Novel substrates for the automated and manual assay of endo-1,4-β-xylanase.
Mangan, D., Cornaggia, C., Liadova, A., McCormack, N., Ivory, R., McKie, V. A., Ormerod, A. & McCleary, D. V. (2017). Carbohydrate Research, 445, 14-22.
endo-1,4-β-Xylanase (EC 18.104.22.168) is employed across a broad range of industries including animal feed, brewing, baking, biofuels, detergents and pulp (paper). Despite its importance, a rapid, reliable, reproducible, automatable assay for this enzyme that is based on the use of a chemically defined substrate has not been described to date. Reported herein is a new enzyme coupled assay procedure, termed the XylX6 assay, that employs a novel substrate, namely 4,6-O-(3-ketobutylidene)-4-nitrophenyl-β-45-O-glucosyl-xylopentaoside. The development of the substrate and associated assay is discussed here and the relationship between the activity values obtained with the XylX6 assay versus traditional reducing sugar assays and its specificity and reproducibility were thoroughly investigated.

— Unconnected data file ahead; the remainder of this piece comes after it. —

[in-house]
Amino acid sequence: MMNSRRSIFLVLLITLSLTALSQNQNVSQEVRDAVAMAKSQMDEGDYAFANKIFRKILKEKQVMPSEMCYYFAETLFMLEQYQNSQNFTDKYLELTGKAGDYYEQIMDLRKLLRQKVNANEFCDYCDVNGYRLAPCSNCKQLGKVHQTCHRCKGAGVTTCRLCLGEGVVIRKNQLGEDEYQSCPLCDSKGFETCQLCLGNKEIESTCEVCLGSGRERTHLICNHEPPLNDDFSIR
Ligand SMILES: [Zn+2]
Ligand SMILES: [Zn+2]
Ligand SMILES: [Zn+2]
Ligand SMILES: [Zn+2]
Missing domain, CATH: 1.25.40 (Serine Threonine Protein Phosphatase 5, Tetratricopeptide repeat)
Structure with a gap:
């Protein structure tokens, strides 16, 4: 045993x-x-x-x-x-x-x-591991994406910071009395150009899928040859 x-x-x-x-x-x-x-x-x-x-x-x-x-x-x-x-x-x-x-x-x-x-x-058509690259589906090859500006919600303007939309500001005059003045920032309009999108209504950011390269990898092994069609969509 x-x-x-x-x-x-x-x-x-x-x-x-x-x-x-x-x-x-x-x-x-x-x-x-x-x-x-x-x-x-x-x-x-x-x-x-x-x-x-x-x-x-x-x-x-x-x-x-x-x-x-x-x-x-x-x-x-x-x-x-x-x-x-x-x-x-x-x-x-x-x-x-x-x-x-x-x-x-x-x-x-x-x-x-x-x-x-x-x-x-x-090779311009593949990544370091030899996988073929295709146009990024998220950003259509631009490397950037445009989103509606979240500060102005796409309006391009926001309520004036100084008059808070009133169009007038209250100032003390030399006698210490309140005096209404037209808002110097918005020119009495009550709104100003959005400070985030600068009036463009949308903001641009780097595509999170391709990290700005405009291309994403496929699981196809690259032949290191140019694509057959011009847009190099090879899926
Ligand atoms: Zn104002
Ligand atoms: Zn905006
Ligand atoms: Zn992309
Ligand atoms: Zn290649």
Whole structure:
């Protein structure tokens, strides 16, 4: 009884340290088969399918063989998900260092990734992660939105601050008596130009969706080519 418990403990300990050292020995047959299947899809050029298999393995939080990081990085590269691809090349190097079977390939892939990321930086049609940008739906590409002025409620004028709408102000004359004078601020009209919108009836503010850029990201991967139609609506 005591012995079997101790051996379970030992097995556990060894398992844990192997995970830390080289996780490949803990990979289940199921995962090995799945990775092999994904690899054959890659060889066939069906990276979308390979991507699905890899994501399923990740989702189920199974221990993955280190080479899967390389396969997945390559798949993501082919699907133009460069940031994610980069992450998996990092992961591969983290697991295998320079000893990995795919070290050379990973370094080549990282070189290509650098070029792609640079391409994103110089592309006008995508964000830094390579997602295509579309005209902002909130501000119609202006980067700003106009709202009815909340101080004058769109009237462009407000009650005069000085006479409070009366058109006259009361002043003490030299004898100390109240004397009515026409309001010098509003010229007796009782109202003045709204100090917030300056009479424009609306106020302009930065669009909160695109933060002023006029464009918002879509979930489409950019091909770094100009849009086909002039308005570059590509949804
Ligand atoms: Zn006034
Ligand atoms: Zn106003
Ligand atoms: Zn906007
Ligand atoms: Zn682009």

A Comparison of Polysaccharide Substrates and Reducing Sugar Methods for the Measurement of endo-1,4-β-Xylanase
McCleary, B. V. & McGeough, P. (2015). Appl. Biochem. Biotechnol., 177(5), 1152-1163.
The most commonly used method for the measurement of the level of endo-xylanase in commercial enzyme preparations is the 3,5-dinitrosalicylic acid (DNS) reducing sugar method with birchwood xylan as substrate. It is well known that with the DNS method, much higher enzyme activity values are obtained than with the Nelson-Somogyi (NS) reducing sugar method. In this paper, we have compared the DNS and NS reducing sugar assays using a range of xylan-type substrates and accurately compared the molar response factors for xylose and a range of xylo-oligosaccharides. Purified beechwood xylan or wheat arabinoxylan is shown to be a suitable replacement for birchwood xylan which is no longer commercially available, and it is clearly demonstrated that the DNS method grossly overestimates endo-xylanase activity. Unlike the DNS assay, the NS assay gave the equivalent colour response with equimolar amounts of xylose, xylobiose, xylotriose and xylotetraose demonstrating that it accurately measures the quantity of glycosidic bonds cleaved by the endo-xylanase. The authors strongly recommend cessation of the use of the DNS assay for measurement of endo-xylanase due to the fact that the values obtained are grossly overestimated due to secondary reactions in colour development.